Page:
Have you ever wondered what sodium citrate is? You have probably heard it on one or two occasions but you are not entirely sure what it is and its use. If you feel that way, then you are not alone.
Like most individuals, there is much to learn about sodium citrate. Most will be curious about what and how it is used, especially in cooking. While others may want to know how to make sodium citrate, which this article will cover.
What is Sodium Citrate?
Sodium citrate is a crystalline salt that is often found in citrus fruits. It is known by other names such as trisodium citrate, sour salt, and citric salt. It is a result of a chemical reaction during the process of citric acid fermentation. It is considered a modernist cooking ingredient that is typically used in spherification techniques.
It has a slightly tart and salty taste which is why it is used as a flavoring agent for a variety of beverages such as juices, soda, and energy drinks. Meanwhile, it creates a smooth emulsion without curdling allows the proteins to become more soluble in cheese sauce.
Uses of Sodium Citrate
One of the most common uses of sodium citrate is for smoothing cheese. It reduces the acidity of the cheese and makes the proteins in the cheese more soluble. This process prevents the cheese from separating into an unappealing consistency that results in a smooth, creamy texture that is perfectly incorporated together.
Additionally, this process allows cheese sauces to be cooled, reheated, molded, or cut for cheese slices and used as fondues. The best example of this is Velveeta cheese. The presence of sodium citrate makes this type of cheese melt so well.
Sodium citrate is also commonly used to neutralize and promote gelling in highly acidic liquids. At the same time, it prevents early gelling by reducing the calcium content in other liquids. While there is a wide range of uses of sodium citrate because of its simple chemistry, it is a go-to agent used as a preservative, emulsifier, buffer in food production.
Aside from its many use in food production, sodium citrate is also known to be a pH adjuster and water softener which is why it is often present in liquid laundry detergents. It can also be found in personal care items like soaps, shampoo, sunscreens, moisturizers, make-up, and baby wipes.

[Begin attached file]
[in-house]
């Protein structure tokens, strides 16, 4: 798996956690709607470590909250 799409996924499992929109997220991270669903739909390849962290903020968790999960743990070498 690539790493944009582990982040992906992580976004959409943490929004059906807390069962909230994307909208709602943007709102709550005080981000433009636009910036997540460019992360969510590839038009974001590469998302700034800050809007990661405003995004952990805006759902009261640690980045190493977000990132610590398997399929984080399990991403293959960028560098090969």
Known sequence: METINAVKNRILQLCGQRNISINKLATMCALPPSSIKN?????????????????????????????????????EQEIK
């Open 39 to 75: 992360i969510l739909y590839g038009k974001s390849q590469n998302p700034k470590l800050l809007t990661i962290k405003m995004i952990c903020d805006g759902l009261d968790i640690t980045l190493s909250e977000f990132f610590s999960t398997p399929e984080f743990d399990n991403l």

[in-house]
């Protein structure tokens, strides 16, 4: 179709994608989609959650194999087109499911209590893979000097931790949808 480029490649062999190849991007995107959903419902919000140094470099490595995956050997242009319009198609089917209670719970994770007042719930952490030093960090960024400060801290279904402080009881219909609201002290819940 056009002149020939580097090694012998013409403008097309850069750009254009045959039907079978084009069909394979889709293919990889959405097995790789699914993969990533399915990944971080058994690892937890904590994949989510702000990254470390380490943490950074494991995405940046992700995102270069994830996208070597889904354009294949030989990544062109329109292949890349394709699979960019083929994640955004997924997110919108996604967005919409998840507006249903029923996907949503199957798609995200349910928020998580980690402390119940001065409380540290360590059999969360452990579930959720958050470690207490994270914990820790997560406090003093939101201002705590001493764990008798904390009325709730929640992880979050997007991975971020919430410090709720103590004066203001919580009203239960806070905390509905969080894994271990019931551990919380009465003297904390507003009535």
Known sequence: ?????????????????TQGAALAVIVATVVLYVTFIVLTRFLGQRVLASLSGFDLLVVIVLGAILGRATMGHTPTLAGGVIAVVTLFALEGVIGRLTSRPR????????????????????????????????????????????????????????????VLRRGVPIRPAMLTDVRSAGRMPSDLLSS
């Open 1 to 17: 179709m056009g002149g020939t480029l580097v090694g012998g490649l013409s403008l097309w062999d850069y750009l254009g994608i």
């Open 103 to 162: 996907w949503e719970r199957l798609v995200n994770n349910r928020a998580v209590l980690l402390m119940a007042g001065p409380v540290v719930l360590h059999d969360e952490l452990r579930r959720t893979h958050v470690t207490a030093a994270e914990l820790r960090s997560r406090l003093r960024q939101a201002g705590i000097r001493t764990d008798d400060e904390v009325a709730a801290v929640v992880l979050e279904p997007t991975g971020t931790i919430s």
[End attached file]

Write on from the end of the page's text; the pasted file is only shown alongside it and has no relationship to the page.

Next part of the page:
How to Make Sodium Citrate?
The production of sodium citrate is achieved through the neutralization proceed of citric acid with sodium hydroxide. Meanwhile, it is through fermentation and solvent extraction that citric acid is produced from citrus fruits.
For large-scale production of sodium citrate, molasses, or other sugar stocks are fermented with Aspergillus niger. Filtration is used to separate the liquid, while precipitation is used to extract citric acid.
Using Sodium Citrate With Various Cheese Dishes
When creating melted cheese using sodium citrate, the are three components that are needed which include the cheese, sodium citrate, and the liquid. The thickness and consistency of the melted cheese will depend on the amount of water and cheese used.
The first step that you need to do is to choose the type of cheese you want t use. The next step is to choose the type of liquid that would best suit your cheese. You can choose from juices, milk, cider, beer, or wine. The ratio you want will be 35% liquid for a semi-molded cheese, or it can be up to 120% to achieve a thin and runny cheese sauce.
The final component is sodium citrate. This will hold your cheese together while it melts. Normally, a 2.0% to 3.0% ratio of total liquid with the cheese weight should be used to do the trick. When mixing these three components, you will need an immersion blender to achieve a smooth consistency.
For other cheese dishes like cheese soup, sliceable cheese, and cheese fondue, you have to tweak the proportions of your liquid and cheese.
Once you have picked your desire cheese flavor and liquid that would best complement it, you will need to determine the correct proportions. Your liquid to cheese ratio should be about 120% liquid for a heartier cheese soup, or it can be up to 175% for a thinner version.
For cheese fondue, you would to first pick the cheese and liquid that go well together. Since a cheese fondue needs to have a very smooth and flowy consistency, you can use between 50% and 90% of liquid to create dips. However, for runnier consistency, you can go as high as 120%.
A sliceable cheese needs to have a firm consistency, so it can retain its form even after slicing. Once you have picked the cheese and liquid that you desire. Sliceable cheese requires a minimal amount of liquid to achieve its firmness. You can use less than 35% liquid with a firm molded cheese for this dish.